Franklin Delano Roosevelt and His Leadership On a rainy day in March 1933, a country watched eagerly as Franklin Delano Roosevelt swore in as the thirty-second president of the United States.
At this time, the United States was hurting badly from a depression, soon called the Great Depression, and yearning out for a new leader who would help them. stood behind Roosevelt through the Great Depression and even through World War II and until his death.
Two months after his return to the United States, on the morning of 12 April 1945, Roosevelt suffered a cerebral hemorrhage and died at Warm Springs.
Major Works During his life Roosevelt produced very little in the way of written works, save for his personal correspondence and the mass of documents that have been collected in The Public Papers and Addresses of Franklin D. Among the texts contained in this work are transcripts of Roosevelt's well-publicized "fireside chats"—radio addresses to the American people that he conducted throughout his presidency.
Roosevelt entered the 1914 United States Senate race in New York, but was defeated by Tammany Hall.
His 1920 vice-presidential hopes on the Democratic ticket with James Cox were likewise disappointed.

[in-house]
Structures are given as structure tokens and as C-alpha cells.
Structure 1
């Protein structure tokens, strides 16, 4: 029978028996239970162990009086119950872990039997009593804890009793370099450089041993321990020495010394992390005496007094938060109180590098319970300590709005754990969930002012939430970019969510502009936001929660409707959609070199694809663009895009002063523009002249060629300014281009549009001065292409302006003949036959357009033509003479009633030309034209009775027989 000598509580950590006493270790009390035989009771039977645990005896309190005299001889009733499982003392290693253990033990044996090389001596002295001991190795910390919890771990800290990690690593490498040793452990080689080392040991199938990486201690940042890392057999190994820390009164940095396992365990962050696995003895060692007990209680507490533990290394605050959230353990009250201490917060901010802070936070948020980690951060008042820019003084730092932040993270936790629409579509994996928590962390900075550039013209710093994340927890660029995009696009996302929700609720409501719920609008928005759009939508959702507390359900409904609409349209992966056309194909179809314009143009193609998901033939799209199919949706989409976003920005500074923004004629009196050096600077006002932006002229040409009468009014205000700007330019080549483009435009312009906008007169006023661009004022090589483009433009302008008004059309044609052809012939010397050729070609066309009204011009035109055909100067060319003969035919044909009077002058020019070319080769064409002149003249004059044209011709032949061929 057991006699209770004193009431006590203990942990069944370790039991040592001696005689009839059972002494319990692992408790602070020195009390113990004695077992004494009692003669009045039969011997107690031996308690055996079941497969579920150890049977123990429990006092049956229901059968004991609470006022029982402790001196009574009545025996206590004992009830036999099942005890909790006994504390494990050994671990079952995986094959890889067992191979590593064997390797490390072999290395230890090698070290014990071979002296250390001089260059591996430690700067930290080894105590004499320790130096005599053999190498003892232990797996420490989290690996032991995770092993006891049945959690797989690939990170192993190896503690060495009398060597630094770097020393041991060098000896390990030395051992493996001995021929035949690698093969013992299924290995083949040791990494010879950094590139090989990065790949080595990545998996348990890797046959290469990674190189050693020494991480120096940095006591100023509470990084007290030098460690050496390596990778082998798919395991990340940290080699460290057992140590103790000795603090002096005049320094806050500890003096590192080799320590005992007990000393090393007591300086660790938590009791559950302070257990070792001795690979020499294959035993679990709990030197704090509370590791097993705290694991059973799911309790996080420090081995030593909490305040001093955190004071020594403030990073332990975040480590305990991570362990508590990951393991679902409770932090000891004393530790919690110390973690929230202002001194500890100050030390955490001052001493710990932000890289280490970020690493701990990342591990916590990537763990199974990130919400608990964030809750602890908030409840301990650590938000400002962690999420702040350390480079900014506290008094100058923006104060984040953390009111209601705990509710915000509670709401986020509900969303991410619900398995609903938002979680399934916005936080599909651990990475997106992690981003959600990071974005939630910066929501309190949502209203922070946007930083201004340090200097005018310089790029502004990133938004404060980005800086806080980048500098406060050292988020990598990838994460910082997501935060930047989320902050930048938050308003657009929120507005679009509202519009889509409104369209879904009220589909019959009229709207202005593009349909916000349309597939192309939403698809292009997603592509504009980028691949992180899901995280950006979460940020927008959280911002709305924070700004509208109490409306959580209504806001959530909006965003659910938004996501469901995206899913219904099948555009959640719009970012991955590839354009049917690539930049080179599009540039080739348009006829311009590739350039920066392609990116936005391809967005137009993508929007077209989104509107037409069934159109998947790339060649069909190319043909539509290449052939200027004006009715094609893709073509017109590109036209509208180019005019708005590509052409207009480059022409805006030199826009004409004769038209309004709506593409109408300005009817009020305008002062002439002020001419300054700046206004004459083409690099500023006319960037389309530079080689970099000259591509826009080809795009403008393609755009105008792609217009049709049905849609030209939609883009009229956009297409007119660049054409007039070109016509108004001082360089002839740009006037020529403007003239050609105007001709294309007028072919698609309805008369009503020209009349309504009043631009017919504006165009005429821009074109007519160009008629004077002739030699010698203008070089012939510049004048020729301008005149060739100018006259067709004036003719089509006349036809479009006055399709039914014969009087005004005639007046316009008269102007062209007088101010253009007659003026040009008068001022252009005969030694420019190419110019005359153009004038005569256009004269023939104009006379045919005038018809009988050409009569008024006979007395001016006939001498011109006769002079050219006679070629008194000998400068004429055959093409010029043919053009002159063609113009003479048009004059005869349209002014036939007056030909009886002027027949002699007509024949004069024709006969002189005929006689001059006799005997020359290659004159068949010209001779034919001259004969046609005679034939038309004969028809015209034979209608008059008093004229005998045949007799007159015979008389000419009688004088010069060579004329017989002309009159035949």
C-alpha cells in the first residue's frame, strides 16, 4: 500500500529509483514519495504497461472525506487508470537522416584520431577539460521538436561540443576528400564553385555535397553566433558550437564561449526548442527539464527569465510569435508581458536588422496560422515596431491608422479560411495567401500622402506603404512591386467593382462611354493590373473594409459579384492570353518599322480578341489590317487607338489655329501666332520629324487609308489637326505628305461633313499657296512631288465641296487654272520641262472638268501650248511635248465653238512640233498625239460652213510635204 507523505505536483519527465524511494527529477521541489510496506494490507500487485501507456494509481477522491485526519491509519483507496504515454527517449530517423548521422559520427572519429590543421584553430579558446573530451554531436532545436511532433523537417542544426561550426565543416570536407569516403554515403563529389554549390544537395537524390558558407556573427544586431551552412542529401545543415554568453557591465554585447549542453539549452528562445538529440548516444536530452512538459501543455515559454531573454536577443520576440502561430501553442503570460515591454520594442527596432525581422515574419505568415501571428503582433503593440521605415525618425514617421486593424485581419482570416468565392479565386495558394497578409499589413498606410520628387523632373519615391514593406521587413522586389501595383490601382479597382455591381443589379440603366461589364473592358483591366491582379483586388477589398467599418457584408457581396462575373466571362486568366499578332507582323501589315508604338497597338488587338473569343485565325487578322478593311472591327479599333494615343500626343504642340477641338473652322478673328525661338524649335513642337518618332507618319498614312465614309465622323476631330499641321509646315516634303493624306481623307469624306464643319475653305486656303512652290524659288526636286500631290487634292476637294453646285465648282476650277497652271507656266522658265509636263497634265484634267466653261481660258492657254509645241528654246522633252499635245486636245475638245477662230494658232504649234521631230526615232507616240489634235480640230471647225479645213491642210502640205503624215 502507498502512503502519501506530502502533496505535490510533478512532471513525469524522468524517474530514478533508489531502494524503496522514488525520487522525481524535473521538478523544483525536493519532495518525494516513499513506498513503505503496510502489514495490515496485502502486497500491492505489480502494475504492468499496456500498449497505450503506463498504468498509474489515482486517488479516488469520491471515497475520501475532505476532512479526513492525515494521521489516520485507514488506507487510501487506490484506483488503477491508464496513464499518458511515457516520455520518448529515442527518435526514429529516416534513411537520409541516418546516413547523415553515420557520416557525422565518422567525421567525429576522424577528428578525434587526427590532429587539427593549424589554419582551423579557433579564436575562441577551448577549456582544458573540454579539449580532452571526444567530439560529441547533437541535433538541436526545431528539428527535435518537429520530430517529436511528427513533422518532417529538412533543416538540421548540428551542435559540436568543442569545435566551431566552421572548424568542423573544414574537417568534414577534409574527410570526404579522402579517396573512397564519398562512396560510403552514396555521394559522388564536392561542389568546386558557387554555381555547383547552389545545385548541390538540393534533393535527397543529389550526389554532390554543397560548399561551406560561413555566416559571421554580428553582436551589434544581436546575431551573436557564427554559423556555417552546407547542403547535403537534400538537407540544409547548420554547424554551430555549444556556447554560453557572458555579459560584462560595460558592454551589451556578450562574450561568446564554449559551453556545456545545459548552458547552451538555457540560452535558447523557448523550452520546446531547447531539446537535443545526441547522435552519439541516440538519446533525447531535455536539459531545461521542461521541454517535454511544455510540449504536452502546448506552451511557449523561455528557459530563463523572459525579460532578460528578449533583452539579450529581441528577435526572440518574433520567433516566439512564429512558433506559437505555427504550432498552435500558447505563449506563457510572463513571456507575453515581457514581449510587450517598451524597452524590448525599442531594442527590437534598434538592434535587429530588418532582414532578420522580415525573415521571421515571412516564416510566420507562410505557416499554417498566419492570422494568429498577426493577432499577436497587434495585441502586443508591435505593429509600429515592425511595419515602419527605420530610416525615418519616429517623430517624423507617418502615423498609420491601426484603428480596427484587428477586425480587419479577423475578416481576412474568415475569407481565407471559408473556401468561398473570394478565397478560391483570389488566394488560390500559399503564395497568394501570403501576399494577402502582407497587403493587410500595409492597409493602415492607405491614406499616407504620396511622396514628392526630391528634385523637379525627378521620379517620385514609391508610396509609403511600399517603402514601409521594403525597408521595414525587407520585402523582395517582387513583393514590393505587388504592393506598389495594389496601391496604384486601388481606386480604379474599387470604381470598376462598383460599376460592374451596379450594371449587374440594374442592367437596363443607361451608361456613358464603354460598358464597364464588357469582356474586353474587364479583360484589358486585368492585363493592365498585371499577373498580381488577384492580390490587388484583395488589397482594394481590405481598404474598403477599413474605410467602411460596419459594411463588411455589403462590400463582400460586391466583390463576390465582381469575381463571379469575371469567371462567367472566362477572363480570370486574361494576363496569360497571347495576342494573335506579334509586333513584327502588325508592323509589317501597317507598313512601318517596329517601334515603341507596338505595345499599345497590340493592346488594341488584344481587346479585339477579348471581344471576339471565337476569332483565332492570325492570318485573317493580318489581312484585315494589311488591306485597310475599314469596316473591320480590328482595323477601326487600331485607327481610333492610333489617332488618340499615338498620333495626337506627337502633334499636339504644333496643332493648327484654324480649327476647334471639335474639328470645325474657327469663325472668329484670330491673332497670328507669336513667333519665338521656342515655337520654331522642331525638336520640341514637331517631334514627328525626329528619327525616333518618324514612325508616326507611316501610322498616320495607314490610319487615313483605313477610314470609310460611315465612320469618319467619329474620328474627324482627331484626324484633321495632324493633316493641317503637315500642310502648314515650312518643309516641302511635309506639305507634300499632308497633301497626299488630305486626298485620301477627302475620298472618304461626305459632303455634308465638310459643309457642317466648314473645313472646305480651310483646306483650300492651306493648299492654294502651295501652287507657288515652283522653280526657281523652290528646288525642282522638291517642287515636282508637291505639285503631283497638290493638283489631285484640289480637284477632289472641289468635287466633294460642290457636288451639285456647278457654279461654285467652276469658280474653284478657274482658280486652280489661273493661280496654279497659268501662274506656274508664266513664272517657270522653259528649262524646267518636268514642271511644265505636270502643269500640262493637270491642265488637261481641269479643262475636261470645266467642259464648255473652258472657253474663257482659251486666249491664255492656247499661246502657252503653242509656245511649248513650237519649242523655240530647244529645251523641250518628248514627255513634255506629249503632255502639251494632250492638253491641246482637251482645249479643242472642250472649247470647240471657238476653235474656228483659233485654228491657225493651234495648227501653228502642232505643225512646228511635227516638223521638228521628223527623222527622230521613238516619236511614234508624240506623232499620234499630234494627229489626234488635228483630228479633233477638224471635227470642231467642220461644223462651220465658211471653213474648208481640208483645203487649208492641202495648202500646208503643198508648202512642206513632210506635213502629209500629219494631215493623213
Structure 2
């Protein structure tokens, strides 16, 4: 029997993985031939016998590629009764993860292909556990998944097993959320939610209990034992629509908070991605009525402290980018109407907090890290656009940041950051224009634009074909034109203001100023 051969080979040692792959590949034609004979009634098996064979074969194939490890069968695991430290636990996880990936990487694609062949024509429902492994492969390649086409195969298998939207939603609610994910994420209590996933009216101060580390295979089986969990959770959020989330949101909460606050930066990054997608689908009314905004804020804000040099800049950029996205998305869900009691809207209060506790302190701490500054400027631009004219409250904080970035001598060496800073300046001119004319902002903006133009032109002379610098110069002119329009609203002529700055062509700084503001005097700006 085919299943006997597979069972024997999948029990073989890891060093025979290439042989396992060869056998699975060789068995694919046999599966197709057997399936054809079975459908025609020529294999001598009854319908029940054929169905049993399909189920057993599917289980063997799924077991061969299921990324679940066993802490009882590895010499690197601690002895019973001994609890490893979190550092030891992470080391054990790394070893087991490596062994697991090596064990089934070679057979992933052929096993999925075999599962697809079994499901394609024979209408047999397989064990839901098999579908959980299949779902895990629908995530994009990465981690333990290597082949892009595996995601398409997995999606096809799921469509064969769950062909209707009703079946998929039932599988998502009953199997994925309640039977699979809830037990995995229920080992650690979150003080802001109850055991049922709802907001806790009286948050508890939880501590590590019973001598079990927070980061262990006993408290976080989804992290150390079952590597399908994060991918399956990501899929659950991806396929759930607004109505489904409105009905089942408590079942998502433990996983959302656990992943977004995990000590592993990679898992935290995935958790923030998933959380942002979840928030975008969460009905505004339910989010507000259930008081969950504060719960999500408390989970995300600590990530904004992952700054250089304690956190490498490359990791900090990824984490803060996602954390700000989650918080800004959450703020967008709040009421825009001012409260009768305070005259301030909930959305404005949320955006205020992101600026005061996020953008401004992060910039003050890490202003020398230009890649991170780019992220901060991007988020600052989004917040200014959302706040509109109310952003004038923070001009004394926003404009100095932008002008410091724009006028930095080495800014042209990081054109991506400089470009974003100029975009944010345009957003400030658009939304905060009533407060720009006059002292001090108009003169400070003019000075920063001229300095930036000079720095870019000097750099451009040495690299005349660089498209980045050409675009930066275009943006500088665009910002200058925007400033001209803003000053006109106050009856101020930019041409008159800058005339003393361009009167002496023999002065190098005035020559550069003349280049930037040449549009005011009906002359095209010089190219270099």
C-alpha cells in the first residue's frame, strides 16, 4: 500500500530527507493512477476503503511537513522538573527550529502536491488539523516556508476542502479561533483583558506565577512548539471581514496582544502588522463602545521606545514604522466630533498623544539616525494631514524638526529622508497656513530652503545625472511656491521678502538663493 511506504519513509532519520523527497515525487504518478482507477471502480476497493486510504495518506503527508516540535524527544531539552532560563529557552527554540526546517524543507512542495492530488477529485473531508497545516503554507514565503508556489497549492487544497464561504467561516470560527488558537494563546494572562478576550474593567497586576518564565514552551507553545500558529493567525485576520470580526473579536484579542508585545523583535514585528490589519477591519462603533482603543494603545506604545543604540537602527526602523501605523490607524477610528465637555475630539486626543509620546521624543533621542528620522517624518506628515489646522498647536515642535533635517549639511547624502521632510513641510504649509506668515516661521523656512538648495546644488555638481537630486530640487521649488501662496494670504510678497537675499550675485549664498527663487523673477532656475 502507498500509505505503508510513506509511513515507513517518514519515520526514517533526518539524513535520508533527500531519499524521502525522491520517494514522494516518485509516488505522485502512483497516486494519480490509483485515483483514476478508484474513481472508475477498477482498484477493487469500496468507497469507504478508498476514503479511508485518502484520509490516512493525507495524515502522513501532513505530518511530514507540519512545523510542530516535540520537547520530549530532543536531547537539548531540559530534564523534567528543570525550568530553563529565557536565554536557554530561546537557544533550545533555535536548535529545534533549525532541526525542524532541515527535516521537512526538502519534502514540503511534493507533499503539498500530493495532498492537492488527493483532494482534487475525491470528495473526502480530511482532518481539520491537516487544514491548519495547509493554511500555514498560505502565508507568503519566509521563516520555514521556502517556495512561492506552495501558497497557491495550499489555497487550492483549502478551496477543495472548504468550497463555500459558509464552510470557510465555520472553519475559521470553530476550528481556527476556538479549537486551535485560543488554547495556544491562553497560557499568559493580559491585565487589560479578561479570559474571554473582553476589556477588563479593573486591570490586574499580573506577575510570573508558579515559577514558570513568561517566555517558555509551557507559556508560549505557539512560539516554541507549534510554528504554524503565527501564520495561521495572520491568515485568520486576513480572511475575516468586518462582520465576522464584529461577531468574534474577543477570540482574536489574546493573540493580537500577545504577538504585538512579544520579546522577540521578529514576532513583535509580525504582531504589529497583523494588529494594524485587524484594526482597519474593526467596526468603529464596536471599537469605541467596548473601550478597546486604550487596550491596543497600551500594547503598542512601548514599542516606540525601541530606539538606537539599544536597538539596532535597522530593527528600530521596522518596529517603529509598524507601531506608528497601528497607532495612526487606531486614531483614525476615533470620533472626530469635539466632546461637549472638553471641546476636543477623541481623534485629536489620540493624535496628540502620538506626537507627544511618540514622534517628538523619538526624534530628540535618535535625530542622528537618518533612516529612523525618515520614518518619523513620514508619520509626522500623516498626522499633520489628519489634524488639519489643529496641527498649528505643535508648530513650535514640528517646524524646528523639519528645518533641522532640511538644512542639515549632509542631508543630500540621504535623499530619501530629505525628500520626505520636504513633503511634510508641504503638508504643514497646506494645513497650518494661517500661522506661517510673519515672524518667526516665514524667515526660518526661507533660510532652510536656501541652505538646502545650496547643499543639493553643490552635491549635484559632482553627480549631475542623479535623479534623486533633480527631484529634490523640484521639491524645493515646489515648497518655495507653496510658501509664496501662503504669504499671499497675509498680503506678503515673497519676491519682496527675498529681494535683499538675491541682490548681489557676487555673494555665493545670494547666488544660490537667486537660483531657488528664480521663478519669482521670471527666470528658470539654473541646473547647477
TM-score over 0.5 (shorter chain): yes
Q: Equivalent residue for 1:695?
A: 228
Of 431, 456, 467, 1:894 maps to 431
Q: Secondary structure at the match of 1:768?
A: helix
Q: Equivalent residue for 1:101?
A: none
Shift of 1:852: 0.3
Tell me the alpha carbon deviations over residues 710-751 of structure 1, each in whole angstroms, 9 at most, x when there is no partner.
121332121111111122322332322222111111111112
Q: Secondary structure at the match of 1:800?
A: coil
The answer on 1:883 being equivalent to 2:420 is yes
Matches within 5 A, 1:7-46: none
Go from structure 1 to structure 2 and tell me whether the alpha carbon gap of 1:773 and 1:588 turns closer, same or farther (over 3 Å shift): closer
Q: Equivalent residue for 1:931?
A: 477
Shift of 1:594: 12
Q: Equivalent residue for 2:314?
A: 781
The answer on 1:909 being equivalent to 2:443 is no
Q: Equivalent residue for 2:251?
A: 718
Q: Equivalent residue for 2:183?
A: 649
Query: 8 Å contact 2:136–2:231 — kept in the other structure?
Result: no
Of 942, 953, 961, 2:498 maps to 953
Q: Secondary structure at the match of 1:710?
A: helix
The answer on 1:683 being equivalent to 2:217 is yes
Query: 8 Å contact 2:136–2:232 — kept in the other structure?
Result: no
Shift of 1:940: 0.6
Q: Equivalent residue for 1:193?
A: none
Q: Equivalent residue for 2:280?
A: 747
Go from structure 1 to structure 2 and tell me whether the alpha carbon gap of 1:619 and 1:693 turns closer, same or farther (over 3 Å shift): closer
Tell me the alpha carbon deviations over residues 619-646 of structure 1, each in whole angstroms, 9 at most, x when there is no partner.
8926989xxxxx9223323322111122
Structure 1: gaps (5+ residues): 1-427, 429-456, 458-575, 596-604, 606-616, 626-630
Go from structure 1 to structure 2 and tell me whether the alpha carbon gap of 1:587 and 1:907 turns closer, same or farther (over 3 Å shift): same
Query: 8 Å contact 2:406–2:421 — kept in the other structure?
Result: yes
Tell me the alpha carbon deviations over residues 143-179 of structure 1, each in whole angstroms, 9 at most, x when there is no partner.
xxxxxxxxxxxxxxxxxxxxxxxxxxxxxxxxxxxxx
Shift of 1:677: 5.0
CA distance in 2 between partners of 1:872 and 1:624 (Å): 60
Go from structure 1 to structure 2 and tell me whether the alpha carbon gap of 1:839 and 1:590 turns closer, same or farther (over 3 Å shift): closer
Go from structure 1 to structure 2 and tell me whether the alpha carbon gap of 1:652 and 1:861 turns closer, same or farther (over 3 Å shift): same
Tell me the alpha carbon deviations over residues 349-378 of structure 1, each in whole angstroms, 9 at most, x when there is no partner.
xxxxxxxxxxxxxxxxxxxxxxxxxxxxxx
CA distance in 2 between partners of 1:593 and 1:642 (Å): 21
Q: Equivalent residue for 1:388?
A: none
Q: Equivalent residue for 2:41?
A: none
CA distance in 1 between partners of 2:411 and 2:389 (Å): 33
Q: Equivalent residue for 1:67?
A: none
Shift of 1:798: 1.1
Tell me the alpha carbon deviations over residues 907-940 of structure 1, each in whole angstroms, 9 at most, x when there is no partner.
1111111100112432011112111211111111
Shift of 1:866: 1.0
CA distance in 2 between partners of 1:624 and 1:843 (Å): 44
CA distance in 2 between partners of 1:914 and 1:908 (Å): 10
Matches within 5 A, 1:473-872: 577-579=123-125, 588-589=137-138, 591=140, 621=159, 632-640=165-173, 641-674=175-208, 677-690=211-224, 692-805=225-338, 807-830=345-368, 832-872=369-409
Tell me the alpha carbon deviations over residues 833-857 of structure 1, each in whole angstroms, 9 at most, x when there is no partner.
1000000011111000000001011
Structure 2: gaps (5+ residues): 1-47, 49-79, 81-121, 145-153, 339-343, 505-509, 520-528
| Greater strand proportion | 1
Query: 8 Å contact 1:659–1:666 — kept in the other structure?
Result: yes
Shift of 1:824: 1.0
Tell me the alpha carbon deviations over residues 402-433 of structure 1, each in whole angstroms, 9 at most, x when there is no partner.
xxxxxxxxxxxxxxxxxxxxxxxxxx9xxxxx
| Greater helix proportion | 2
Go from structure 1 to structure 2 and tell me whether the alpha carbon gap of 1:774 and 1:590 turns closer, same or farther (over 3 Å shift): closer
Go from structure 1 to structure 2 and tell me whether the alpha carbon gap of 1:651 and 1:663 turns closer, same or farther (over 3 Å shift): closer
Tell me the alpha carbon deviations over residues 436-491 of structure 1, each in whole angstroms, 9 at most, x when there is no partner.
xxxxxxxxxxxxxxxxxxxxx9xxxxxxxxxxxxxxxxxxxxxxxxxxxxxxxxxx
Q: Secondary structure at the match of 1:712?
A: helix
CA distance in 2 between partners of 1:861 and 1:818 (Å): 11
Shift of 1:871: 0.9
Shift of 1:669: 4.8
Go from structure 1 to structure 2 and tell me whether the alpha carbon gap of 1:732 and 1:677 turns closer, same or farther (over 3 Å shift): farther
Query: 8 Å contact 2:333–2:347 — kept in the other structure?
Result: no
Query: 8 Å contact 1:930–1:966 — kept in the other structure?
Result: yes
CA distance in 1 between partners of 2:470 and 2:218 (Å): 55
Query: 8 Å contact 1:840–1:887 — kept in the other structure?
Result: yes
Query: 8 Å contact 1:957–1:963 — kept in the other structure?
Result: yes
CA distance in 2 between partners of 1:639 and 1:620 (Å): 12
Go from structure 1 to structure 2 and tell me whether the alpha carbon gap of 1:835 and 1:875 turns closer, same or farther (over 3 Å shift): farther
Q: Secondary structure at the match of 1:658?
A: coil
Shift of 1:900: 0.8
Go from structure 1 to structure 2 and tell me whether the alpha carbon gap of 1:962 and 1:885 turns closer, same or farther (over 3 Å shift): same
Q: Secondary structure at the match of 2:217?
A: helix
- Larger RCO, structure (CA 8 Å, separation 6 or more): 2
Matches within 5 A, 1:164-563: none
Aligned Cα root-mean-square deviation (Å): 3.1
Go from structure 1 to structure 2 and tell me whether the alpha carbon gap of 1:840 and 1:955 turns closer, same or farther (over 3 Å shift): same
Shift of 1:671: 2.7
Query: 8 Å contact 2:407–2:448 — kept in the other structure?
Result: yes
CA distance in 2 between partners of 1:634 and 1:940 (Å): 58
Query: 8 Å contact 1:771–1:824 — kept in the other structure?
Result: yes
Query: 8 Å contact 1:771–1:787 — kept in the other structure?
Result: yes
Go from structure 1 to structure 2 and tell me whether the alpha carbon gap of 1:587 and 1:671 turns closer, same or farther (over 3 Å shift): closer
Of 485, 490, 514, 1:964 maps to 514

Roosevelt was reelected in 1936, despite the fact that certain portions of the New Deal, including the National Industrial Recovery Act, were declared unconstitutional by the Supreme Court.
As the Great Depression continued through the 1930s, Roosevelt's attentions were increasingly drawn toward Europe, where the aggression of Nazi Germany could no longer be ignored.
Roosevelt's principal activities during wartime, aside from his position as commander-in-chief of the U. armed forces, included his diplomatic role in the alliance with Britain and the Soviet Union.
Roosevelt's meeting with Soviet Premier Joseph Stalin at Teheran in 1943 resulted in a U. promise to provide a second front in the European theater via an invasion of German-controlled France.